In September, Yahoo News reported, citing dozens of unnamed former US government officials, that ex-CIA boss Mike Pompeo had planned to kidnap Wikileaks founder Julian Assange from his refuge in the Ecuadorian embassy in London and possibly even kill him in 2017. There is a lot of truth in the explosive story, said Andy Müller-Maguhn, former spokesman for the Chaos Computer Club (CCC), on Tuesday at the remote Chaos Communication Congress (rC3). Individual parts of the report at the time, including an imminent escape of Assange with the help of Russia, were not correct.

The famous embassy resident should have been declared an Ecuadorian diplomat around Christmas 2017 in order to grant him freedom of travel and immunity, reported Müller-Maguhn. The US knew about the plan in detail and wanted to thwart it. A silver-gray Ford Focus as an undercover police vehicle and a van stood in front of the embassy for days.

Turning to Iraq, this is from last night's THE NEWSHOUR (PBS):

  • Amna Nawaz:

    The Iraqi Supreme Court ratified yesterday the results of the parliamentary elections which took place last October.

    One of the groups that disputed the election results is Kataib Hezbollah, a paramilitary organization which, alongside other Iran-backed groups, wants all U.S. military forces out of Iraq by the end of the year. Kataib Hezbollah is believed to be responsible for previous rocket and drone attacks on American forces, and is threatening to once again step up those operations should their demands for full withdrawal not be met.

    "NewsHour" special correspondent Simona Foltyn gained exclusive access to Kataib Hezbollah's bases near Iraq's border with Syria.

  • Simona Foltyn:

    This is the United States' principal adversary in Iraq, Brigade 46 of Iraq's Popular Mobilization Forces. But it's better known as Kataib Hezbollah, a powerful, secretive armed group with close ties to Iran.

    The "NewsHour" gained exclusive access to areas it controls near Iraq's border with Syria, just eighty miles from the Ayn Al Asad military base, which houses American troops still operating here to help the Iraqi government defeat ISIS remnants.

    But these fighters consider American forces here illegal and want them gone.

  • Hassan Ali, Soldier, Kataib Hezbollah (through translator):

    The 31st of December will be the last day for American troops in Iraq. If they don't leave voluntarily, they will leave by force. They will face the resistance factions and we will return to the year 2003.

  • Simona Foltyn:

    The resistance he's referring to is a secretive network of Iran-backed insurgent groups that mobilized to fight the United States following its 2003 invasion of Iraq.

    Kataib Hezbollah is part of the resistance, and, in 2009, the U.S. designated it a terror organization for targeting American forces and its Iraqi opponents. But, after the war with ISIS broke out in 2014, Kataib Hezbollah was folded into the Popular Mobilization Forces, or PMF, an amalgamation of mostly Shia paramilitaries formed to fight ISIS.

    That means Kataib Hezbollah is now officially part of the Iraqi state. Still, these fighters see the United States as their enemy.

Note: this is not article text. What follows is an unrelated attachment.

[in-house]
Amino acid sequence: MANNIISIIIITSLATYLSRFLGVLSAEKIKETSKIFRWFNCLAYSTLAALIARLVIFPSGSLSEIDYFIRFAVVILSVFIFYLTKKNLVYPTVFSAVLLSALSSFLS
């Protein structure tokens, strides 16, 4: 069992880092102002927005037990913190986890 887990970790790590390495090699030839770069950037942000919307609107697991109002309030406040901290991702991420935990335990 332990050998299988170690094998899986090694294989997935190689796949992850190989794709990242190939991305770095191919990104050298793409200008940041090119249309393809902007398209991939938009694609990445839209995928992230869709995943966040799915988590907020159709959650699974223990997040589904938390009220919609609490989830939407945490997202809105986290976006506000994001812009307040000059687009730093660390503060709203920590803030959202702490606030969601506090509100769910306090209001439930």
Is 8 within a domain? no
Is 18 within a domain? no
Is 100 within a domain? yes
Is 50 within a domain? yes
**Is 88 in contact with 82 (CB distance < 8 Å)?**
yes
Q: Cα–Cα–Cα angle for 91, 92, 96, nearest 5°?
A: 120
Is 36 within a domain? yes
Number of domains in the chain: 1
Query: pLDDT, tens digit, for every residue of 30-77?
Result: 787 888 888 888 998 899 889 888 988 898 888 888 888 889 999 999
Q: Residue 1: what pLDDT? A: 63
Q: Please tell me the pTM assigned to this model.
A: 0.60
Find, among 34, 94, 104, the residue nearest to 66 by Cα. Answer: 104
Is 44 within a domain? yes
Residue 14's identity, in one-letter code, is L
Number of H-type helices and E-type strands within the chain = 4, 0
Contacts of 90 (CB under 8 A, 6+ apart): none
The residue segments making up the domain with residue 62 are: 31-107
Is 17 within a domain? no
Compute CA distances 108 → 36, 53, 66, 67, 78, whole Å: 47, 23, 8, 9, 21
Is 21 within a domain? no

• Hassan Ali (through translator):

    The Popular Mobilization Forces are against ISIS and against America at the same time. America is an occupier in Iraq, and we don't want occupation in our country.

  • Press declared 'king maker' Moqtada has had weeks and weeks to get it together.  Unable to do so in the past and still unable.  Farhad Alaaldin Tweets:

    The Sadrist Leader hosted some of the leaders of the Coordination Framework leaders in #Najaf No photos of the meeting were published, but a simple tweet by alSdir summarises the content Clearly no agreement was reached and both sides remain on their own path #Iraq

    Is Moqtada's failure thus far why Parliament has yet to convene?

    The election is certified.  Parliament is supposed to hold its first session now.  Among other things, the Parliament is required to name someone prime minister-designate in that first meeting.

    And, per the Constitution, a timetable attaches from that moment, the designate has 30 days to form a Cabinet or Parliament names a new prime minister-designate.  This won't be Moqtada.  He's not going for the post of prime minister.  

    The election was October 10th.  At the end of this week, we'll be in January.  The foot dragging needs to stop.

    ARAB WEEKLY offers:

    With the Federal Supreme Court’s ratification of the disputed election results, the leader of the Sadrist movement, Muqtada al-Sadr, now has to reckon with the need to strike deals with various political blocs in order to form the cabinet and run the government.

    To start with, he will have to quickly flesh out his ideas on the priorities of the new government and how it should work, now that he leads the largest bloc in the parliament. That bloc must build the required parliamentary alliances which will underlie the formation of the government.

    Iraqi political sources say that the leader of the Sadrist movement will face a real challenge with such alliances. They wonder if Sadr will be able to win the support of the Sunni, Kurdish and independent blocs without making the necessary concessions to achieve that goal. Another question, given his opposition to the quota system, will be if he is prepared to share portfolios with other blocs to satisfy supportive MPs.

    These sources said that it is not possible to talk about “forming a national majority government,” as advocated by Sadr, without providing sufficient guarantees to the parliamentarians who would be willing to back it. The most important guarantee would be ministerial portfolios for their blocs as well as positions and dividends for the parliamentarians themselves and their supporters. The sources say that speaking of a national majority government is just loose talk as long as Sadr and his bloc's representatives do not sit with representatives of the various other blocs and convince them to support the government. Without such meetings, he could lose everyone's support.